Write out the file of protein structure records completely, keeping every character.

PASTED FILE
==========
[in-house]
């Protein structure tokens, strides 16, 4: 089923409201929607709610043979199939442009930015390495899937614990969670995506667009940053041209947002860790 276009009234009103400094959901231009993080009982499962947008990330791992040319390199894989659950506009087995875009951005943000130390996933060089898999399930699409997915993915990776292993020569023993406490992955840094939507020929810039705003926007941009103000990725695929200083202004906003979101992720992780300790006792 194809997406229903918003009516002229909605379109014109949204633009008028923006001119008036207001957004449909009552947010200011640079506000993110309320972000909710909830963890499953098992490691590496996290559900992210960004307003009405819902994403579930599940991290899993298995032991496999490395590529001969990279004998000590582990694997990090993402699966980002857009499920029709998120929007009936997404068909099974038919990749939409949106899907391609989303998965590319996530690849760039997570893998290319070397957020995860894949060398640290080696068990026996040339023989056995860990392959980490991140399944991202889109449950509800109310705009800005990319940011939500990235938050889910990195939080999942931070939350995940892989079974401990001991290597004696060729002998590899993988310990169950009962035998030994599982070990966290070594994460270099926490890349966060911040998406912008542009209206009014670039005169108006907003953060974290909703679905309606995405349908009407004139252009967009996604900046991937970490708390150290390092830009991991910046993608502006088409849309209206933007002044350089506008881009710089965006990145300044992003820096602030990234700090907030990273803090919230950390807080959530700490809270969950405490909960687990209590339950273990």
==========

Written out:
[in-house]
């Protein structure tokens, strides 16, 4: 089923409201929607709610043979199939442009930015390495899937614990969670995506667009940053041209947002860790 276009009234009103400094959901231009993080009982499962947008990330791992040319390199894989659950506009087995875009951005943000130390996933060089898999399930699409997915993915990776292993020569023993406490992955840094939507020929810039705003926007941009103000990725695929200083202004906003979101992720992780300790006792 194809997406229903918003009516002229909605379109014109949204633009008028923006001119008036207001957004449909009552947010200011640079506000993110309320972000909710909830963890499953098992490691590496996290559900992210960004307003009405819902994403579930599940991290899993298995032991496999490395590529001969990279004998000590582990694997990090993402699966980002857009499920029709998120929007009936997404068909099974038919990749939409949106899907391609989303998965590319996530690849760039997570893998290319070397957020995860894949060398640290080696068990026996040339023989056995860990392959980490991140399944991202889109449950509800109310705009800005990319940011939500990235938050889910990195939080999942931070939350995940892989079974401990001991290597004696060729002998590899993988310990169950009962035998030994599982070990966290070594994460270099926490890349966060911040998406912008542009209206009014670039005169108006907003953060974290909703679905309606995405349908009407004139252009967009996604900046991937970490708390150290390092830009991991910046993608502006088409849309209206933007002044350089506008881009710089965006990145300044992003820096602030990234700090907030990273803090919230950390807080959530700490809270969950405490909960687990209590339950273990």